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Chadwick Boseman: Our Black Panther

“A hero who wore no cape, but rather a suit which was the likeness of a warrior, a symbol of black resistance, and a reflection of black royalty. “

Chadwick Boseman typified the Black Panther both on-screen and in real life. The camera captured the essence of his off-camera heroics. For those who knew little about the Panther’s origin story, it started with Chadwick. I didn’t grow up a comic-book devotee.

Black Panther” was introduced to me as a militant, political extremist, and social thought leader. When experiencing his character in a Marvel film, I remember the innocence I felt safe returning to. The innocence of a boy who grew up not having many heroes, and those whom I knew came with a unique vulnerability, reminding me that the world may never be completely safe. Discovering your heroes have weaknesses was dispiriting as a child. And holding tightly to them may never allow them to fly.

Many of us remember seeing only a few black heroes on screen when growing up. Static Shock was memorable. But his character was crafted with adolescence, making him seem unsure of the calling placed on him.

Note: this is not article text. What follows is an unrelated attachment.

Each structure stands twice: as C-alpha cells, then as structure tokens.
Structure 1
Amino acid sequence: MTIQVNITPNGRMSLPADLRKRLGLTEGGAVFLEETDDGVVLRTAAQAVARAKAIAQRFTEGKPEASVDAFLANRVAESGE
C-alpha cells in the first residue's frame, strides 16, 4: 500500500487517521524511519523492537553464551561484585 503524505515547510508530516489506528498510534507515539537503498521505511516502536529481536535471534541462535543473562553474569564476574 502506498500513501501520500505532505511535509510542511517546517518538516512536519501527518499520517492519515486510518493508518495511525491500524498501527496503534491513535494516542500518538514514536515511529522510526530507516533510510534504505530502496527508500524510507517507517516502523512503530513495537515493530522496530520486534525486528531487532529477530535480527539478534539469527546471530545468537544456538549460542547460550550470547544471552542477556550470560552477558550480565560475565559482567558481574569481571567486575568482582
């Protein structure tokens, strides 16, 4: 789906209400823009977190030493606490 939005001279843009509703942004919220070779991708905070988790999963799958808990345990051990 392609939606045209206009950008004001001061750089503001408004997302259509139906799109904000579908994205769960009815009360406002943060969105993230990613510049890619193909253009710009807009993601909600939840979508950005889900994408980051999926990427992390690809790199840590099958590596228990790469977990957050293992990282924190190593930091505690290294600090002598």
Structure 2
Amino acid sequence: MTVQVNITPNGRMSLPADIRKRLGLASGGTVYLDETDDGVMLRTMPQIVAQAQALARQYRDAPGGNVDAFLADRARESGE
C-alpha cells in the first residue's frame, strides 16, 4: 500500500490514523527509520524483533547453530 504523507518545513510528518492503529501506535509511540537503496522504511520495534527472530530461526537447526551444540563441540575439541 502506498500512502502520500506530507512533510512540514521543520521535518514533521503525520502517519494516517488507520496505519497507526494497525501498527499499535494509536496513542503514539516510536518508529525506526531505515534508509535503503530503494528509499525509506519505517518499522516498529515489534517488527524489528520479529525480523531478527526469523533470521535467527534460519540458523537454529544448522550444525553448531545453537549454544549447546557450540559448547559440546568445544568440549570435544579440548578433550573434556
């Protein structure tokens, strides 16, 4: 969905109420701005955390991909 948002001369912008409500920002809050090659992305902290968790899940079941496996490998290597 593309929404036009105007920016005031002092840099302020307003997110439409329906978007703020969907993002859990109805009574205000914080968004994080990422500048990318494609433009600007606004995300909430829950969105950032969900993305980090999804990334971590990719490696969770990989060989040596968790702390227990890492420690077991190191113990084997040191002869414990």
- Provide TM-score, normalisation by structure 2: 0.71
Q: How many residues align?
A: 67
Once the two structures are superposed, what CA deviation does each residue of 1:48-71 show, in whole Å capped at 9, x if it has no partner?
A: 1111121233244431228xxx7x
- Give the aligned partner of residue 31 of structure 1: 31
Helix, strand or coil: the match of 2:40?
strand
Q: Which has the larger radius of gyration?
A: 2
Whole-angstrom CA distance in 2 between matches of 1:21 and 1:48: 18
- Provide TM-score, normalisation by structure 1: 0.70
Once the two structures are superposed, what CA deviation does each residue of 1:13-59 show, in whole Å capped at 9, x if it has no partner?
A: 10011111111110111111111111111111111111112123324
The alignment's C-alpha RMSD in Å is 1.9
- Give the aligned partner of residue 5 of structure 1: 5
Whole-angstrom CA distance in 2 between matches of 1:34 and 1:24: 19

The Green Lantern’s likeness wasn’t constant enough for us to invest in the affirmation he might’ve afforded our identities. Miles Morales wasn’t popularized and put on film until recently. Cyborg and Storm were supporting characters, but rarely present or focal enough on screen to capture and fulfill our hope that someone black could save the world. Blade would be presented as more of a nighttime vigilante than the people’s luminary.

Seeing black superheroes made a movie worth watching and showed us black people could renew some of the more broken elements of everything around us. The Wakandan sign would become a trademark for black interaction, even humorously, and it was an innocent gesture we accepted as our own.

In 2016, the world was introduced to Boseman as the Black Panther in Marvel’s “Captain America- Civil War” during the epic combat scene between him and Chris Evans. The face of the man under the mask seemed more paramount than the panther suit. Even with the multiplex design and technology, with perplexing engineering stitched into it.